But minimalist music? Easier to master, and the result of a training more personal than professional. Highly developed expertise isn’t entirely an asset; I’ve heard student performances of In C that were way better than the one the New York Philharmonic gave at Merkin Hall a few years ago. More importantly, the performance mode is not so fraught with anxiety. Within In C and Attica, there’s room for individual performance decisions made on the spot. Miss a pattern in Music in Fifths? Drop out for a measure, and then plunge in again – not only does no one care, it adds variety to the texture. (We had one excessive moment in which we lost the entire guitar section, but the closing repetitions were dynamite.) The discipline is more quickly achieved, creativity encouraged, mistakes far less penalized.

And the rewards? In the short run, far higher, for the music is both exotic enough to impress friends with its hypnotic strangeness and groove-oriented enough to delight them. It’s music you can perform with the comfortable familiarity and leeway of pop, but with more intellectual heft and formal interest. The three student pieces were all based on In C-like techniques, yet achieved quite different textures and forms. In fact, it’s really a perfect performance repertoire for college-age musicians: you can get good at it fast, a little effort will make you really good, mistakes are rarely an issue, you can compose it without sweating over every note, little changes in rehearsal can make a big difference, and it’s mesmerizing to listen to. The reward/discipline ratio is through the roof.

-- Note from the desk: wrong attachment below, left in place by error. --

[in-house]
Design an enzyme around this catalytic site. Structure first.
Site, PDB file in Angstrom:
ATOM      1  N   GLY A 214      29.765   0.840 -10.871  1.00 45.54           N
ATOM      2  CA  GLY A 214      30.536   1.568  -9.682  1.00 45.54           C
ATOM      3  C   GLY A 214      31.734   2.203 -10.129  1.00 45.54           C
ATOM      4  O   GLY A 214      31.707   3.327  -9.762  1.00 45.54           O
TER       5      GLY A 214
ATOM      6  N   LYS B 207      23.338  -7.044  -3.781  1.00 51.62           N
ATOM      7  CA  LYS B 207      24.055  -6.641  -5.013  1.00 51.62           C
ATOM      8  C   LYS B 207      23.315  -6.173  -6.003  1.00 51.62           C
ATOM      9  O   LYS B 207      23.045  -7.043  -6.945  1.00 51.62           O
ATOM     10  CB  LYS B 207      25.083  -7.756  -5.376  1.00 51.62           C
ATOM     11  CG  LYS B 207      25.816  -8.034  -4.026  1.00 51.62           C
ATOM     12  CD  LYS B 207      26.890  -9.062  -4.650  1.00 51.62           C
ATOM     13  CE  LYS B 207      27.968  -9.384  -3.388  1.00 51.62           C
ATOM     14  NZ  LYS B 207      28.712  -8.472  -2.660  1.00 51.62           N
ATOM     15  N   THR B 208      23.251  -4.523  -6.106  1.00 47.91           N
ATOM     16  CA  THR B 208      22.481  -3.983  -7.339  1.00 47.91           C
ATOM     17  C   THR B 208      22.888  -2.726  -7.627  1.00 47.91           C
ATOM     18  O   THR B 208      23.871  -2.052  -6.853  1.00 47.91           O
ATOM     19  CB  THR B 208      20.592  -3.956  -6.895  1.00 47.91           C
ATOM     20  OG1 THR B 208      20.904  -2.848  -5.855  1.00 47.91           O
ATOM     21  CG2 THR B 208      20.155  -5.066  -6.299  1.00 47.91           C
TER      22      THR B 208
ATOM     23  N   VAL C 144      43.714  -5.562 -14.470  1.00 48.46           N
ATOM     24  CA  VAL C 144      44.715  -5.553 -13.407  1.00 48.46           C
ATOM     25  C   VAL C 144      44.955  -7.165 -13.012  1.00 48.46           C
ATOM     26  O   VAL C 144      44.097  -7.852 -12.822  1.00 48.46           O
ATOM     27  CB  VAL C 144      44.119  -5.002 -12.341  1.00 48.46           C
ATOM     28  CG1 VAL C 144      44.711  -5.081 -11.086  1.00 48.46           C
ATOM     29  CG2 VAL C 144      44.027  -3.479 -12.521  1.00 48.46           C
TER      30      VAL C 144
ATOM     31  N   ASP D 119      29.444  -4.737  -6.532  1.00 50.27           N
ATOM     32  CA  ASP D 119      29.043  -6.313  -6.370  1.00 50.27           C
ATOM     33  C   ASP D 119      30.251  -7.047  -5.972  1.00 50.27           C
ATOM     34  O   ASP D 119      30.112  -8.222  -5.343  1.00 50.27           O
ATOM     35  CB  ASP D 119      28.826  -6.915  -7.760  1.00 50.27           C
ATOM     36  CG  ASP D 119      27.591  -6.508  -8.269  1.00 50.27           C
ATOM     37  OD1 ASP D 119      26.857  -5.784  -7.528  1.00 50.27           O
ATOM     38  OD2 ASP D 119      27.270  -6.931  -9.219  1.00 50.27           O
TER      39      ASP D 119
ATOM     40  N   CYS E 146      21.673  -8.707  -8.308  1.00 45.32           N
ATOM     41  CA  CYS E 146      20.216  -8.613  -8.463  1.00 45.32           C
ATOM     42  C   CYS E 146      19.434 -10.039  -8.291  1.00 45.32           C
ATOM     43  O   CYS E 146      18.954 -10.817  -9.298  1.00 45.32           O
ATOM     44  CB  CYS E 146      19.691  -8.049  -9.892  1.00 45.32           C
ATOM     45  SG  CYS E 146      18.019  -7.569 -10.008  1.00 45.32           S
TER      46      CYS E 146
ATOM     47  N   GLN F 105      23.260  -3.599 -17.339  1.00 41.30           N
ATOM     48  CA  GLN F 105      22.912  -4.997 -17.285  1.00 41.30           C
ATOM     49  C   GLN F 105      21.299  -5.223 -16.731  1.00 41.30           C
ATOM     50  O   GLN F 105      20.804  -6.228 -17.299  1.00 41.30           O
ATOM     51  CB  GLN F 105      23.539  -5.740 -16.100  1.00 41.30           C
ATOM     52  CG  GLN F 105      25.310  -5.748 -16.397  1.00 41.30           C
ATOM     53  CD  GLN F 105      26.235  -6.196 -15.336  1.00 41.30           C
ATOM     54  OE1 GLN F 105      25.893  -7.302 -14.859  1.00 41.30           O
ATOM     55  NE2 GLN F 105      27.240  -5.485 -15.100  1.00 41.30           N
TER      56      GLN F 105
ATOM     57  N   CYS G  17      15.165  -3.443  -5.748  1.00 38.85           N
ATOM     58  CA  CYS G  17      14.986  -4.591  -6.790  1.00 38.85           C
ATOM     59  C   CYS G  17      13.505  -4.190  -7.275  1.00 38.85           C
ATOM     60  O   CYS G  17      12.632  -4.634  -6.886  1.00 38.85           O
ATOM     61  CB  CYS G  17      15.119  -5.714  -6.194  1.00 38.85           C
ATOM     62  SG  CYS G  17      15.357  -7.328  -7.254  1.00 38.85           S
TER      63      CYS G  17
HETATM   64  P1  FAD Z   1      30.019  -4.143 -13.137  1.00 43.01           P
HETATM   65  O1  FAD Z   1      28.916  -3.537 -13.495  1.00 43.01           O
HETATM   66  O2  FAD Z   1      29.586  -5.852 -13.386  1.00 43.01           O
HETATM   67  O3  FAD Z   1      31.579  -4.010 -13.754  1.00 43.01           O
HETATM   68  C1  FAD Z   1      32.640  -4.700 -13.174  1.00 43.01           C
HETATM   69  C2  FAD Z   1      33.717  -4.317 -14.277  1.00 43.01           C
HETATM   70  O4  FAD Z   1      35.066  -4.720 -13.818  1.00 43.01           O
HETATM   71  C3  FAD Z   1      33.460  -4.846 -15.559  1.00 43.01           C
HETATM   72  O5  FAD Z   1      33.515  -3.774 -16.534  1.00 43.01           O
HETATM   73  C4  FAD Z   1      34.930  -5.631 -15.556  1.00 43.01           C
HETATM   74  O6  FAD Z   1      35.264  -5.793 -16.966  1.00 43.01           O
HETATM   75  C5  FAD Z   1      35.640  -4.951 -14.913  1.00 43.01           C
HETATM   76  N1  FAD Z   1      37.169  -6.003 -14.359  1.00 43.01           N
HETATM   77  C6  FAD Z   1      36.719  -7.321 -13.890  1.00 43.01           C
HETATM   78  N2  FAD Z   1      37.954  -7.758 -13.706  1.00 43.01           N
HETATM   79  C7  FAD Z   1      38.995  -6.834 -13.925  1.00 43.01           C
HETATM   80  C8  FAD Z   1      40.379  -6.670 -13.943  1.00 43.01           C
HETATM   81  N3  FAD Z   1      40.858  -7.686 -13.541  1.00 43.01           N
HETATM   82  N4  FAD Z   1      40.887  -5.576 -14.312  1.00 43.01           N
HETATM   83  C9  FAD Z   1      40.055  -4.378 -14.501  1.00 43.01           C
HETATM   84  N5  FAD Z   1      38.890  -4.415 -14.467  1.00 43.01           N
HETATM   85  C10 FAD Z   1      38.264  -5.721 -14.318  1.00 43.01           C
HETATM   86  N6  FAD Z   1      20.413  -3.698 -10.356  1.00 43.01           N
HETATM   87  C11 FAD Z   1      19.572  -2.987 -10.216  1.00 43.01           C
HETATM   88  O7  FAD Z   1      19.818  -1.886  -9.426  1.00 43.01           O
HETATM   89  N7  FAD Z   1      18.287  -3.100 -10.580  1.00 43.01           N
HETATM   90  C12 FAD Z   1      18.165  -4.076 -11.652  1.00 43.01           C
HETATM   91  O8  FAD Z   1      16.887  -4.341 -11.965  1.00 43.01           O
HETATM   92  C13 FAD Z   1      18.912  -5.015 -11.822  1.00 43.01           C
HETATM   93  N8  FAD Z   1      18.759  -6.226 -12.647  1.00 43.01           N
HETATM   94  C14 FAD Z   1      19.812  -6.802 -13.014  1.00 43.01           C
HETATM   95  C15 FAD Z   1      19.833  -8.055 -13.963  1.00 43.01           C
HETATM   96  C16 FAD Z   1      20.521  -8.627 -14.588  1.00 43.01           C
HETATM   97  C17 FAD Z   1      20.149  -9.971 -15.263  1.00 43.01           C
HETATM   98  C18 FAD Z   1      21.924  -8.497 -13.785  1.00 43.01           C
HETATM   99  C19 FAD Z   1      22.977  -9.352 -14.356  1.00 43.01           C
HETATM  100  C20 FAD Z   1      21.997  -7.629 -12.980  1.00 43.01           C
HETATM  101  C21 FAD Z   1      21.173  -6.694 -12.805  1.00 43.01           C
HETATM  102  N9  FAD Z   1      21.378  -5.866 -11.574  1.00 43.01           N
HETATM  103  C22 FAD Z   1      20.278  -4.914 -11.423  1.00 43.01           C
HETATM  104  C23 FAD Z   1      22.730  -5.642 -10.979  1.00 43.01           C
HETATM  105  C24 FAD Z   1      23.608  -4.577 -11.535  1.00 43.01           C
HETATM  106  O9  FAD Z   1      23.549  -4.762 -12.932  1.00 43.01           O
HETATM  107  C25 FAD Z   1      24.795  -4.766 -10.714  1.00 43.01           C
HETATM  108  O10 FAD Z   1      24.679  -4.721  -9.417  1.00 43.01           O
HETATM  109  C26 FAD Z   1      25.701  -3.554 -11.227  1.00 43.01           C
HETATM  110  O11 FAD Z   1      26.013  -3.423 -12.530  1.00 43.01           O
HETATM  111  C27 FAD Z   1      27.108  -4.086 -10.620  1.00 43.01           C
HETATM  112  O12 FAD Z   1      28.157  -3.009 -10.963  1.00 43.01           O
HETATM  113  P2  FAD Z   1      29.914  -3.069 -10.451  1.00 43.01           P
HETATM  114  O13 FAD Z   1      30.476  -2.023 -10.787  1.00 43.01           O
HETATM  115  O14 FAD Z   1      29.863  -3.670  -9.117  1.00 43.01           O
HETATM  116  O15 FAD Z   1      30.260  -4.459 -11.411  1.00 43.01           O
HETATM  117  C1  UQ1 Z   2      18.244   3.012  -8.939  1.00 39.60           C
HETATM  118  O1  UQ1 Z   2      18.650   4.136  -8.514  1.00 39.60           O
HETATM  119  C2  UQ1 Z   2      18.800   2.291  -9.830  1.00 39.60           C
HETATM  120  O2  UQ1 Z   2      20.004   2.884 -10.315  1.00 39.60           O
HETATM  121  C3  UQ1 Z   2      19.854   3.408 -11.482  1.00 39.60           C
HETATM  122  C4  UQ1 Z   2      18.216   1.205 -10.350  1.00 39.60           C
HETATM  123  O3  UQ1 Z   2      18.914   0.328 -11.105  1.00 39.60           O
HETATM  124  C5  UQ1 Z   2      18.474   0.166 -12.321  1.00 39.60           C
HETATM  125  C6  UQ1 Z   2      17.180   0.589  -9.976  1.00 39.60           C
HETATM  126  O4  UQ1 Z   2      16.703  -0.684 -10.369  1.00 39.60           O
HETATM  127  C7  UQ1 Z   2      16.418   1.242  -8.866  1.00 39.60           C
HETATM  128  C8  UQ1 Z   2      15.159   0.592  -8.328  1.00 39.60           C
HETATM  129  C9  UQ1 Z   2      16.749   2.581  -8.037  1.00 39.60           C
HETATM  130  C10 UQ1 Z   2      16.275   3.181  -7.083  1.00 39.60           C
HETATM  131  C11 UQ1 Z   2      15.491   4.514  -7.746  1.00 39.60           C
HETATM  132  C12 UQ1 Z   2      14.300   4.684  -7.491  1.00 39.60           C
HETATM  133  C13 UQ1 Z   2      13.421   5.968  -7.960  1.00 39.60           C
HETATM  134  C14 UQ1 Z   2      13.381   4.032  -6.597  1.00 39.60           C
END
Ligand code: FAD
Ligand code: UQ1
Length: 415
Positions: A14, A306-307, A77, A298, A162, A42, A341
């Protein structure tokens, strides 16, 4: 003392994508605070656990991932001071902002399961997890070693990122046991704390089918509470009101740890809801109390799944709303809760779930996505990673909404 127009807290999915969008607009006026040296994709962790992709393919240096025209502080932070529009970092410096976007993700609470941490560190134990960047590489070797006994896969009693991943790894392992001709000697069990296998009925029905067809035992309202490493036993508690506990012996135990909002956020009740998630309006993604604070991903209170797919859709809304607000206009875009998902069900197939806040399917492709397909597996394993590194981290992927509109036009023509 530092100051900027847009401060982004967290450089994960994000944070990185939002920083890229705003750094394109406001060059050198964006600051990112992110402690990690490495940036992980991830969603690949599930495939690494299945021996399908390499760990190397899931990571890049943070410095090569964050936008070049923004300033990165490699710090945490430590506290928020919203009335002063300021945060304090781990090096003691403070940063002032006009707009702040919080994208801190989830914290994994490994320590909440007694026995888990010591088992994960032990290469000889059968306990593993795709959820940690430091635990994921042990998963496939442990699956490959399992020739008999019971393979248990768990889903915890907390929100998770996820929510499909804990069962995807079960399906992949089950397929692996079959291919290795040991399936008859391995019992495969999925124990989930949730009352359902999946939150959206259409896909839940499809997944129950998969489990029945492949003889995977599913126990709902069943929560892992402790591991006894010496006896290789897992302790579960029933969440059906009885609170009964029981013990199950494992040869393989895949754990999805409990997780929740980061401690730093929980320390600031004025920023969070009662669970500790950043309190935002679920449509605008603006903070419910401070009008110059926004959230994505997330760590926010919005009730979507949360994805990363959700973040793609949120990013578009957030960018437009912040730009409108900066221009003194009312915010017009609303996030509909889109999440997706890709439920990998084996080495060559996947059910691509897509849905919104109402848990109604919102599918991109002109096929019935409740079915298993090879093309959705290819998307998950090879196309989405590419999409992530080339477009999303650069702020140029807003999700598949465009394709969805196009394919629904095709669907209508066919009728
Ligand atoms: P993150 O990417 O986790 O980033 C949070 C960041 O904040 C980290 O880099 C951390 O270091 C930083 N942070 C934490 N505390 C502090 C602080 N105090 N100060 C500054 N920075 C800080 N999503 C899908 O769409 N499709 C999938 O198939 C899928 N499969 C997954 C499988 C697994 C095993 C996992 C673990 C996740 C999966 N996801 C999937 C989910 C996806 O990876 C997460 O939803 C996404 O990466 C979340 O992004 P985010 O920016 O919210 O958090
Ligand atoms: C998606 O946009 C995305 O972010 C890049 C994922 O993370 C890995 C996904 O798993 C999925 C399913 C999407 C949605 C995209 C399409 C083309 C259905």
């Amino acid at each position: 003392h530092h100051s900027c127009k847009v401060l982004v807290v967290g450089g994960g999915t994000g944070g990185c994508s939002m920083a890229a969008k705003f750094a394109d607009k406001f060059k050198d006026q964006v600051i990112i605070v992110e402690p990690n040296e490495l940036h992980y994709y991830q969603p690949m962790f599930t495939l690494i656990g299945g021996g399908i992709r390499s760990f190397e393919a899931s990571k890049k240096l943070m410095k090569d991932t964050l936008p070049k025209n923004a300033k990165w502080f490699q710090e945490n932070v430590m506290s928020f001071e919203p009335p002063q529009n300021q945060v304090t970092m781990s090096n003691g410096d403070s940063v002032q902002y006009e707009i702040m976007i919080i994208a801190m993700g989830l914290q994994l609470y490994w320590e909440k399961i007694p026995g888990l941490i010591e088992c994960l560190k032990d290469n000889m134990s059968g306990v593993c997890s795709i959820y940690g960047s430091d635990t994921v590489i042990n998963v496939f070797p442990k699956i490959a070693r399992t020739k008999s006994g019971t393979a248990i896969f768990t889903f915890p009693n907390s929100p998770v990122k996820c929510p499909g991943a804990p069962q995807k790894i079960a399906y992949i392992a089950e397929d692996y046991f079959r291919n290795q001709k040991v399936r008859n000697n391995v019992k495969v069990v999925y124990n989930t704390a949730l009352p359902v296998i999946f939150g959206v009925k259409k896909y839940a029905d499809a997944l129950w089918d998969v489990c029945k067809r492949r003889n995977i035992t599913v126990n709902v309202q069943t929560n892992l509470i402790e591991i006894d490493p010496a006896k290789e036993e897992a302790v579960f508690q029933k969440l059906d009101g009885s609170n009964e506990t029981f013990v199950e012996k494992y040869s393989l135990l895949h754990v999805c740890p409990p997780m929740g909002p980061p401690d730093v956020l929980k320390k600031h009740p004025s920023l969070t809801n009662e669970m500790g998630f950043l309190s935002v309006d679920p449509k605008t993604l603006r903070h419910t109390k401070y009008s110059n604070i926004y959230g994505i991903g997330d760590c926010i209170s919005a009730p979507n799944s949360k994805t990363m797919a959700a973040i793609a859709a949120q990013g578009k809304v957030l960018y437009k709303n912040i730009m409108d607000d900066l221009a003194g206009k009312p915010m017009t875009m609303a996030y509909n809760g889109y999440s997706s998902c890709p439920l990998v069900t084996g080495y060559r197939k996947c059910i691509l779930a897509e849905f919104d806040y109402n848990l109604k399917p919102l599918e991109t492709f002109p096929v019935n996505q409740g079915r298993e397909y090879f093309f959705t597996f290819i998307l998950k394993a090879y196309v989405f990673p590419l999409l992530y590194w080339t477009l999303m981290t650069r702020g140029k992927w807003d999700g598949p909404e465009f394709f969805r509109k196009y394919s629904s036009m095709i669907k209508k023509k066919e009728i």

OK, then, why do most of the classic pieces from this genre date from the 1960s and ’70s? I located a few scores from the 1980s, like Barbara Benary’s Sun on Snow, but they were more elaborate, and would have required more rehearsal time than we had. We composers mostly all retreated from this kind of aptly-named “new music” in the 1980s. Even I gave up writing freer, looser music like my Oil Man and Long Night of 1981 to return to more linear, strictly notated works like Baptism of 1983. In my own case, I always think of Feldman’s statement about why he abandoned graphic notation: “If the means were to be imprecise, the results must be terribly clear.” Leaving certain musical details to chance and performer discretion didn’t gratify my sense of composer vanity: I wanted to prove I could get every nuance in place and make it beautiful. Performances of my freer music were sometimes great, sometimes lousy, and I didn’t feel I had enough control. I don’t think that’s particularly true of Music in Fifths, however. I think, rather, that I hadn’t quite found processes that could be guaranteed to work well in performance.